GENEVA – More than 3.5 million refugee children aged 5 to 17 did not have the chance to attend school in the last academic year, UNHCR, the UN Refugee Agency, says in a report released today.
These include some 1.5 million refugee children missing out on primary school, the report found, while 2 million refugee adolescents are not in secondary school.
“Of the 17.2 million refugees under UNHCR’s mandate, half are children,” said Filippo Grandi, UN High Commissioner for Refugees. “The education of these young people is crucial to the peaceful and sustainable development of the countries that have welcomed them, and to their homes when they are able to return. Yet compared to other children and adolescents around the world, the gap in opportunity for refugees is growing ever wider.”
The report, “Left Behind: Refugee Education in Crisis”, compares UNHCR sources and statistics on refugee education with data from UNESCO, the United Nations educational, scientific and cultural organization, on school enrolment around the world. Globally, 91 percent of children attend primary school. For refugees, that figure is far lower at only 61 percent – and in low-income countries it is less than 50 percent.
As refugee children get older, the obstacles increase: only 23 percent of refugee adolescents are enrolled in secondary school, compared to 84 percent globally. In low-income countries a mere 9 percent of refugees are able to go to secondary school.
For college and university the situation is critical. Across the world, enrollment in college or university stands at 36 percent. For refugees, despite big improvements in overall numbers thanks to investment in scholarships and other programs, the percentage remains stuck at 1 percent.
The international community will fail to attain its Sustainable Development Goals – 17 goals aimed at transforming the world by 2030 – if it does not act to reverse these trends. Goal four, “Ensure inclusive and quality education for all and promote lifelong learning”, will not be realized without meeting the educational needs of vulnerable populations, including refugees and other forcibly displaced people. And many other development goals targeting health, prosperity, equality and peace will be undermined if education is neglected.
The report calls for education to be considered fundamental to the response to refugee emergencies, and for it to be supported by long-term planning and reliable funding. It urges governments to include refugees in their national education systems as the most effective, equitable and sustainable response, and highlights some of the notable efforts made towards implementing such a policy – even in countries where resources are already stretched.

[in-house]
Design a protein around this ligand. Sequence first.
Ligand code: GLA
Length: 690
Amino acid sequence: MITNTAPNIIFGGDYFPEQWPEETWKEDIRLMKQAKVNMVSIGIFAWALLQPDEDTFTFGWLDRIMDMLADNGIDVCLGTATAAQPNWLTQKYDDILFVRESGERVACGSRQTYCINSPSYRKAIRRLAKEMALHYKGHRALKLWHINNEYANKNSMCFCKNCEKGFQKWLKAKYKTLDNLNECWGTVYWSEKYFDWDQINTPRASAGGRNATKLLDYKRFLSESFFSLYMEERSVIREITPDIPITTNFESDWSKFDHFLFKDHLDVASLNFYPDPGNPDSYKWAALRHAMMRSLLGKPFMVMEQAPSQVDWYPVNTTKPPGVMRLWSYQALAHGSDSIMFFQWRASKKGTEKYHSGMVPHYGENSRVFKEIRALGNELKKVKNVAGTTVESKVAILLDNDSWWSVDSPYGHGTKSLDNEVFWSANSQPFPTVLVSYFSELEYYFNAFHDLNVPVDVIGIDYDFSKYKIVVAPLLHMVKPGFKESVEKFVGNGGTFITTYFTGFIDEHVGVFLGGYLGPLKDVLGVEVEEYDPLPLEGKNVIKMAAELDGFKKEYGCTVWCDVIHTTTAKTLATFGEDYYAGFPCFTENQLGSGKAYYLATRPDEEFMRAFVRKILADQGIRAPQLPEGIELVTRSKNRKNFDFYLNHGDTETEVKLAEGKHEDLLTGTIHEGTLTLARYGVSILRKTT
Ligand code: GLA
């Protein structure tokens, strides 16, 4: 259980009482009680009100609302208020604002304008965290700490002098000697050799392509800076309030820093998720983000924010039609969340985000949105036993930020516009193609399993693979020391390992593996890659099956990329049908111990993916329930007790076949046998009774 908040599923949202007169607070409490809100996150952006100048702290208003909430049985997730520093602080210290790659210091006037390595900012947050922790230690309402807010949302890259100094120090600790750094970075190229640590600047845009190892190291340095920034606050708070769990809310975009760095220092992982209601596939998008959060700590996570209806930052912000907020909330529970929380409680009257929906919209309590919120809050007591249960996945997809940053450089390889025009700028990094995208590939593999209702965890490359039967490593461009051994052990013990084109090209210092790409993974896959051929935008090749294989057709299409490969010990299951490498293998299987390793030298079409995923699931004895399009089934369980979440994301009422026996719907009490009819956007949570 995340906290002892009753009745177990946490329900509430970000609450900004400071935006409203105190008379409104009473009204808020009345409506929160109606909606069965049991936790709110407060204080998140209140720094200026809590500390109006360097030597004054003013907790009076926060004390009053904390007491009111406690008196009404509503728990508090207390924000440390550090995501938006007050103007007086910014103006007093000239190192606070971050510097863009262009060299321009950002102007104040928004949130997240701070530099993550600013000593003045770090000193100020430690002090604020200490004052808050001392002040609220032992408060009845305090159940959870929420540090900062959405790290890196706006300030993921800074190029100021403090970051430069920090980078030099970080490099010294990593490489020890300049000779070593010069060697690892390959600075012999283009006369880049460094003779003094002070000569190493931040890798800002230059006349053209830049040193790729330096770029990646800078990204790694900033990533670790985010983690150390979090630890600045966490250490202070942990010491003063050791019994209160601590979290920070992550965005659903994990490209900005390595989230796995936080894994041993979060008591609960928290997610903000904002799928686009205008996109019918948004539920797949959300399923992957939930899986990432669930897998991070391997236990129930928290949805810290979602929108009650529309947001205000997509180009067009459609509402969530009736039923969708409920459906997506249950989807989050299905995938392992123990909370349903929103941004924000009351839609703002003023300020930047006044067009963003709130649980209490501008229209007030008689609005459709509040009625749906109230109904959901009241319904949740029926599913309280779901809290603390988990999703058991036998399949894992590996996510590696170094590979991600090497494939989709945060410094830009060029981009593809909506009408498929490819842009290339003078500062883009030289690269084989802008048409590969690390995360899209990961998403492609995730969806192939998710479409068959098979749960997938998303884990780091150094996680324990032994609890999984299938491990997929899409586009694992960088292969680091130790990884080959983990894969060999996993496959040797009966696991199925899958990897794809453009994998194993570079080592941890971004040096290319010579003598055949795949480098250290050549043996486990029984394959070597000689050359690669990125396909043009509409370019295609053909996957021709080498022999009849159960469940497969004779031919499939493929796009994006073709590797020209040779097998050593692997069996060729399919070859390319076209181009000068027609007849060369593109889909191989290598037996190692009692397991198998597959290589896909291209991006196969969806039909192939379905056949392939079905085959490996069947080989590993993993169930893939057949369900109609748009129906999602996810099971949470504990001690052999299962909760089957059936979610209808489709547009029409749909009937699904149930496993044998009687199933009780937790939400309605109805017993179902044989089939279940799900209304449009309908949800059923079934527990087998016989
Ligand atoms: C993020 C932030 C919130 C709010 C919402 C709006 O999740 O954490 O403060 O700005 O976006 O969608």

The findings further underline the importance of quality teaching, and of the national and international support networks needed to keep teachers trained, motivated and able to make a positive impact in the world’s toughest classrooms. Numerous personal stories featured in the report demonstrate that while refugees are desperate to get an education – well aware of the transformative effect it can have on their lives – there are far too few teachers, classrooms, text books and support mechanisms to meet such enormous demand.
This is the second annual education report from UNHCR. The first, “Missing Out”, was released in advance of the UN General Assembly’s Summit for Refugees and Migrants last September. The New York Declaration for Refugees and Migrants, signed by 193 countries, put education at the forefront of the international response.
“Despite the overwhelming support for the New York Declaration, one year on, refugees are in real danger of being left behind in terms of their education,” said Grandi. “Ensuring that refugees have equitable access to quality education is a shared responsibility. It is time for all of us to put words into action.”
UNHCR’s report has found that the enrollment of primary-aged refugee children has risen over the past academic year, from 50 percent to 61 percent, thanks largely to improved policies and investment in education for Syrian refugees, as well as the arrival of refugee children in Europe, where education is compulsory. During the same time period, access to secondary education remained stagnant, with less than one in four refugee adolescents enrolling in school.
Considerable barriers remain, principally because almost one in three refugees live in low-income countries. They are the least likely to go to school – six times less likely than children globally. The countries hosting them, often already struggling to find the means to educate their own children, face the additional task of finding school places, properly trained and qualified teachers, and adequate learning materials for tens or even hundreds of thousands of newcomers who often do not speak the language of instruction and have frequently missed out on around four years of schooling.
“The progress seen in the enrolment of Syrian refugee children shows clearly the potential to turn around this crisis in education for refugee children,” said Grandi. “But the abysmal level of school enrolment for refugee children living in low-income regions clearly points to a need to invest in these often forgotten host countries.”